More than 1,000 journalists and their support staff have died in the past decade, with Iraq and Russia topping the list as the deadliest countries for the profession, according to a report released Tuesday.
Most of those killed were men who died in their home countries. Nearly half were shot. Others were blown up, beaten to death, stabbed, tortured or decapitated.
The vast majority of those killed were on staff — 91 percent versus 9 percent freelance, according to the report from the Brussels-based International News Safety Institute.
Only one in eight deaths resulted in prosecution.
“This report breaks new ground in capturing how dangerous the pursuit of news has become,” said Tom Curley, president and CEO of The Associated Press.
“It also confirms how insignificant the efforts have been to achieve justice for journalists who are harmed or persecuted as they work to keep the world informed. We are at a perilous point in journalism: fair and accurate coverage is more necessary than ever but the risks to those who pursue it are greater than ever, too.”
The report came as detectives investigated the suspicious death of Ivan Safronov, a military correspondent for Russia’s top business daily Kommersant, who died Friday after falling out of a window in the stairwell of his Moscow apartment building. Colleagues suspect foul play.
'A great problem in Russia'
Russia was singled out in the report as a country with a growing list of slain journalists, including Anna Politkovskaya, who was shot and killed outside her apartment last October while investigating abuses by Russian troops in Chechnya.
“I think we’ve got a great problem in Russia,” said Rodney Pinder, INSI director, at the release of the 80-page report. “We’ve got another journalist who died in mysterious circumstances a couple of days ago, and if we’re suspicious, who can blame us? Thirteen journalists have died in Russia since (President Vladimir) Putin came to power, and there hasn’t been a conviction.”
The situation is far graver in Iraq, where the media watchdog group Reporters Without Borders said 13 journalists and media assistants have been killed so far this year. In the latest deaths, the bullet-riddled body of Jamal al-Zubaidi was found Saturday in Baghdad days after he was kidnapped. Newspaper editor Mohan al-Dahir was fatally shot in the capital on Sunday.
“There is a culture of impunity in many countries,” said Richard Sambrook, global news director for the British Broadcasting Corp.
There were 138 deaths in Iraq in the past decade, while there were 88 in Russia and 72 in Colombia. Other deadly countries for journalists include the Philippines, Iran, India, Algeria, Mexico, Pakistan and the former republics of Yugoslavia, the report said. The U.S. had 21 journalist deaths in the past 10 years, including those caused by accidents on assignment.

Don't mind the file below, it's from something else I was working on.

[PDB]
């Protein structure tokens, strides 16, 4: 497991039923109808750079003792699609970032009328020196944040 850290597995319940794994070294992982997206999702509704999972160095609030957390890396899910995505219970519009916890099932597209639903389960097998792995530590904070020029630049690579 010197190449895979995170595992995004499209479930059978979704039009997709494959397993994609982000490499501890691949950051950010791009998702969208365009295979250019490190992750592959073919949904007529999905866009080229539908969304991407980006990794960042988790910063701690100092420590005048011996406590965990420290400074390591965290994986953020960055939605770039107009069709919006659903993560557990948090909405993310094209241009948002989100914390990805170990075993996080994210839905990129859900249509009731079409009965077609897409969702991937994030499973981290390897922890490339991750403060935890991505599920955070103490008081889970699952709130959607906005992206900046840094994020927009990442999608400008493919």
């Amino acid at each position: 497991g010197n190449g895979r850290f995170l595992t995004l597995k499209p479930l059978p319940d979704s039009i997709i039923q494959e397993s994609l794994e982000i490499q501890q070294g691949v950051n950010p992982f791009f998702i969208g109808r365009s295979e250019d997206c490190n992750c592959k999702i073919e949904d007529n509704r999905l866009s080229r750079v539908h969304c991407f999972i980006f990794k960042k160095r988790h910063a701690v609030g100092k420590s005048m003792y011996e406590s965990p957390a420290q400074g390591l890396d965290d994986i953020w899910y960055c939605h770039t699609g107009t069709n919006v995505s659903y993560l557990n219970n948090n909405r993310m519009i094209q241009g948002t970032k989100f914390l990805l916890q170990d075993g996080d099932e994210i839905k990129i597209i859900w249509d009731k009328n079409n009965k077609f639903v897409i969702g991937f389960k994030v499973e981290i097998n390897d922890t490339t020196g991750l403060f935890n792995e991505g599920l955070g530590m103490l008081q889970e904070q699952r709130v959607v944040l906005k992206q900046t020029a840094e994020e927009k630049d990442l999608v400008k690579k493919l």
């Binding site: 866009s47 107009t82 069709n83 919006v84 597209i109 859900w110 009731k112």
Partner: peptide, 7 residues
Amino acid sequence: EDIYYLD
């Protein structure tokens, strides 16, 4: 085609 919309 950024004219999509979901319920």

The death toll for journalists also has been steadily rising in recent years.
Deadliest year was 2006
Last year was the deadliest year for journalists, with 167 deaths compared to 147 in 2005 and 117 in 2004. In 2001, there were 103 deaths; in 1996, 83 deaths.
The survey was conducted between January 1996 and June 2006 by the International News Safety Institute, a coalition of media organizations, press freedom groups, unions and humanitarian campaigners dedicated to the safety of journalists and media staff. The AP acted in an advisory capacity.
A large percentage of those killed appeared to have died in targeted attacks. Deaths included journalists and their translators, fixers, office staff and drivers.
“Increasingly journalists covering international conflicts are identified with their countries or are seen as ’either with us or against us,”’ the report said.
The report also criticized some news organizations who sent staff or freelancers into danger zones with inadequate equipment — such as bulletproof jackets or communications equipment — or training. Many journalists today are required to attend hostile environment training courses.
“Employers have a duty of care towards those they ask to work in hostile environments which requires a greater awareness of the risks,” the report said.
The report called on governments to prosecute journalists’ attackers, for development groups like the International Monetary Fund and the World Bank to consider countries’ records on journalist attacks when assessing aid allotments, and for governments to abide by a U.N. resolution that condemns attacks on journalists and their support staff.
It also called on militaries to recognize the right of news media to report during battle.
Pinder said getting governments and militaries to commit to protecting journalists has been an uphill battle.
“We have an inkling of an opening with the Pentagon but with others we have a long way to go,” he said.